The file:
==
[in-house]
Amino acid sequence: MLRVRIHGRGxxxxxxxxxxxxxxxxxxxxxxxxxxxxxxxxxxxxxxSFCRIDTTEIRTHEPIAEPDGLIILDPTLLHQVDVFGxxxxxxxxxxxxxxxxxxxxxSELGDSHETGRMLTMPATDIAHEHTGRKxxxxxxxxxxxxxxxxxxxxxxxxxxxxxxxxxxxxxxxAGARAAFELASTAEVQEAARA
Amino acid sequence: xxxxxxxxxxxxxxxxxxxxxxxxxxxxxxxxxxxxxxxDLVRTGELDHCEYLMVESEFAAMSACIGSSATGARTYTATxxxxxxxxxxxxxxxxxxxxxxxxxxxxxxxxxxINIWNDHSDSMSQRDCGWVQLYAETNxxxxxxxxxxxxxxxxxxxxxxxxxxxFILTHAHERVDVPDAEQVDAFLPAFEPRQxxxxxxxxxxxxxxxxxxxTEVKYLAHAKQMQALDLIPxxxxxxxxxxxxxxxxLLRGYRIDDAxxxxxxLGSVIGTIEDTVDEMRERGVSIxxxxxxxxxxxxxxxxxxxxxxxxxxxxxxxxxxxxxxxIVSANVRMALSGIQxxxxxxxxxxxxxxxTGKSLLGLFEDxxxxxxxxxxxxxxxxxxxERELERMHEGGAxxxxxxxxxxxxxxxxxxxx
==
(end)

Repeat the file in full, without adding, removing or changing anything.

[in-house]
Amino acid sequence: MLRVRIHGRGxxxxxxxxxxxxxxxxxxxxxxxxxxxxxxxxxxxxxxSFCRIDTTEIRTHEPIAEPDGLIILDPTLLHQVDVFGxxxxxxxxxxxxxxxxxxxxxSELGDSHETGRMLTMPATDIAHEHTGRKxxxxxxxxxxxxxxxxxxxxxxxxxxxxxxxxxxxxxxxAGARAAFELASTAEVQEAARA
Amino acid sequence: xxxxxxxxxxxxxxxxxxxxxxxxxxxxxxxxxxxxxxxDLVRTGELDHCEYLMVESEFAAMSACIGSSATGARTYTATxxxxxxxxxxxxxxxxxxxxxxxxxxxxxxxxxxINIWNDHSDSMSQRDCGWVQLYAETNxxxxxxxxxxxxxxxxxxxxxxxxxxxFILTHAHERVDVPDAEQVDAFLPAFEPRQxxxxxxxxxxxxxxxxxxxTEVKYLAHAKQMQALDLIPxxxxxxxxxxxxxxxxLLRGYRIDDAxxxxxxLGSVIGTIEDTVDEMRERGVSIxxxxxxxxxxxxxxxxxxxxxxxxxxxxxxxxxxxxxxxIVSANVRMALSGIQxxxxxxxxxxxxxxxTGKSLLGLFEDxxxxxxxxxxxxxxxxxxxERELERMHEGGAxxxxxxxxxxxxxxxxxxxx